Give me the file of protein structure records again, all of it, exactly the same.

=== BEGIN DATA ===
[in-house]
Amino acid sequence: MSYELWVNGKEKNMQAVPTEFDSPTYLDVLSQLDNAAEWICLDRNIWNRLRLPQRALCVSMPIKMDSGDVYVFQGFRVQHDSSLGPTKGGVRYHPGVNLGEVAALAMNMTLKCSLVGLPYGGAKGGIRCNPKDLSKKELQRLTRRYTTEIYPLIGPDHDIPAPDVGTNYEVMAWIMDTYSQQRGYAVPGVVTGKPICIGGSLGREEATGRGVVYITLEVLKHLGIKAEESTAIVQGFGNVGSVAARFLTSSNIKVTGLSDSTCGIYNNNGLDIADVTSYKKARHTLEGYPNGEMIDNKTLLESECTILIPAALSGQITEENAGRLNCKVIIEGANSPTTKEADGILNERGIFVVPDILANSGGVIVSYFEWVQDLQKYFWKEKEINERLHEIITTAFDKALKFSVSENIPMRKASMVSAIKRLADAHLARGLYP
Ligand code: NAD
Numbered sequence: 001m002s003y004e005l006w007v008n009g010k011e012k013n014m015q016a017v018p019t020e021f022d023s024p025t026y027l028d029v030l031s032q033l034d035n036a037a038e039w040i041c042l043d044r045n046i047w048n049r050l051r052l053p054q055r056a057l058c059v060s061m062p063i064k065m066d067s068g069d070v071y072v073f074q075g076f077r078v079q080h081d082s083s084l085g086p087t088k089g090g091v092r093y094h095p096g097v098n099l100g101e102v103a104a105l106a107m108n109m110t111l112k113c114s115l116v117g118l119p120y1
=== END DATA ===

[in-house]
Amino acid sequence: MSYELWVNGKEKNMQAVPTEFDSPTYLDVLSQLDNAAEWICLDRNIWNRLRLPQRALCVSMPIKMDSGDVYVFQGFRVQHDSSLGPTKGGVRYHPGVNLGEVAALAMNMTLKCSLVGLPYGGAKGGIRCNPKDLSKKELQRLTRRYTTEIYPLIGPDHDIPAPDVGTNYEVMAWIMDTYSQQRGYAVPGVVTGKPICIGGSLGREEATGRGVVYITLEVLKHLGIKAEESTAIVQGFGNVGSVAARFLTSSNIKVTGLSDSTCGIYNNNGLDIADVTSYKKARHTLEGYPNGEMIDNKTLLESECTILIPAALSGQITEENAGRLNCKVIIEGANSPTTKEADGILNERGIFVVPDILANSGGVIVSYFEWVQDLQKYFWKEKEINERLHEIITTAFDKALKFSVSENIPMRKASMVSAIKRLADAHLARGLYP
Ligand code: NAD
Numbered sequence: 001m002s003y004e005l006w007v008n009g010k011e012k013n014m015q016a017v018p019t020e021f022d023s024p025t026y027l028d029v030l031s032q033l034d035n036a037a038e039w040i041c042l043d044r045n046i047w048n049r050l051r052l053p054q055r056a057l058c059v060s061m062p063i064k065m066d067s068g069d070v071y072v073f074q075g076f077r078v079q080h081d082s083s084l085g086p087t088k089g090g091v092r093y094h095p096g097v098n099l100g101e102v103a104a105l106a107m108n109m110t111l112k113c114s115l116v117g118l119p120y1